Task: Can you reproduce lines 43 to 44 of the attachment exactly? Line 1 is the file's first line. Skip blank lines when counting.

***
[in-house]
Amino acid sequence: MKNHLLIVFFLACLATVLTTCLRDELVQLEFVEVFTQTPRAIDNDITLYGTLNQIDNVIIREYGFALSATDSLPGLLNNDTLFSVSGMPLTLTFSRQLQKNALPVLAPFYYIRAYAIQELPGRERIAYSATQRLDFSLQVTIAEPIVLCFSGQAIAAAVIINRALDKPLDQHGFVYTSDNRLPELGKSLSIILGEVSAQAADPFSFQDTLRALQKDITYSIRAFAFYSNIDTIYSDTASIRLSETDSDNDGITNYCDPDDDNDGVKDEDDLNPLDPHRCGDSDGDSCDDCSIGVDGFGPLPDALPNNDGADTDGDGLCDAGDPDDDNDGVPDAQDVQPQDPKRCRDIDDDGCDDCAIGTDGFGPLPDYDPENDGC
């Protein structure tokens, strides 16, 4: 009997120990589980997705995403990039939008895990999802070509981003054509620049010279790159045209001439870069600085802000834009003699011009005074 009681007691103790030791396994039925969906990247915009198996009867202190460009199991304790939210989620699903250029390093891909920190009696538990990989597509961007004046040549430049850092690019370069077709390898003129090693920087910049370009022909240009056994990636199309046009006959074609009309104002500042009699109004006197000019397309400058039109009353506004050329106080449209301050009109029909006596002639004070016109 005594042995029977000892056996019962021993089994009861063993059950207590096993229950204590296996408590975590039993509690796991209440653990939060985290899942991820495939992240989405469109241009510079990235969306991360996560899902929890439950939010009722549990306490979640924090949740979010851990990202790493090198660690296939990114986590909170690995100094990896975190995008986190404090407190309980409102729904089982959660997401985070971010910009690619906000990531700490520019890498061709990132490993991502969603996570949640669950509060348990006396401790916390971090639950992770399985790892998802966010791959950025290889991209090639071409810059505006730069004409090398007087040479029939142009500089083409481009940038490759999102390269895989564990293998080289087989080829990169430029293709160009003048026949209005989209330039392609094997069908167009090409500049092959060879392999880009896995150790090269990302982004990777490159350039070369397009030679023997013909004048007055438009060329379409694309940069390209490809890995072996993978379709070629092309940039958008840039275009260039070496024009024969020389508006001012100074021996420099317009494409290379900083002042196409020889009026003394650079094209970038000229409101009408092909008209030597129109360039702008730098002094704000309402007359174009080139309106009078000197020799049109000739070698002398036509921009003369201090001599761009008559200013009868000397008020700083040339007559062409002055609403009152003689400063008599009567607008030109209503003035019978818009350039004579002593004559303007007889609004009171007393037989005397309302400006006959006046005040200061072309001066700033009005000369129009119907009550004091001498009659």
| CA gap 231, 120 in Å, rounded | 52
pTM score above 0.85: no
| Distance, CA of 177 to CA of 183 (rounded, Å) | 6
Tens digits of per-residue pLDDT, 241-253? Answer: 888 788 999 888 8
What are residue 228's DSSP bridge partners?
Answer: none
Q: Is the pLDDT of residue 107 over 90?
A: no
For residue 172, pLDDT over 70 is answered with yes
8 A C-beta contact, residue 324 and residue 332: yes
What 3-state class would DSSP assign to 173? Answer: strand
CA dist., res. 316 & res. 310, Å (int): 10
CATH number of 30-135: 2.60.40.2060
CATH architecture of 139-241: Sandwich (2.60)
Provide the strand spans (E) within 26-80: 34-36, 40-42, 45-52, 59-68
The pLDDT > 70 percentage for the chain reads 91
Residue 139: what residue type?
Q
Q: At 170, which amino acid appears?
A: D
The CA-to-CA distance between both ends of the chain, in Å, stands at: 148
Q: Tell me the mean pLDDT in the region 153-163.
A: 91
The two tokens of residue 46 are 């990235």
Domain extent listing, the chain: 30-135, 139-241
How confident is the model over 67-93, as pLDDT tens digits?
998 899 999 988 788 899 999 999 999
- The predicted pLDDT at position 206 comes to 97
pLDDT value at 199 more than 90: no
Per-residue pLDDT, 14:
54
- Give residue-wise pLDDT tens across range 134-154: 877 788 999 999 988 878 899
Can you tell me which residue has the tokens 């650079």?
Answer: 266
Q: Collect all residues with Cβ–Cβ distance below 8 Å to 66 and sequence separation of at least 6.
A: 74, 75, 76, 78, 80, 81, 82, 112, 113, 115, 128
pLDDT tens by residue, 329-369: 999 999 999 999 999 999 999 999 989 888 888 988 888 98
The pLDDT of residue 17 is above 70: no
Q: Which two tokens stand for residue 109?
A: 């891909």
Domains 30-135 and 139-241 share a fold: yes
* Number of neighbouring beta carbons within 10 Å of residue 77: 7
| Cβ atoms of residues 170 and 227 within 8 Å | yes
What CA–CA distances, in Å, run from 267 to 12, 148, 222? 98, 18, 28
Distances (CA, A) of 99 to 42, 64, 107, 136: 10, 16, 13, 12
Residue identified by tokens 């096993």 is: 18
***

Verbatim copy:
A: 């891909």
Domains 30-135 and 139-241 share a fold: yes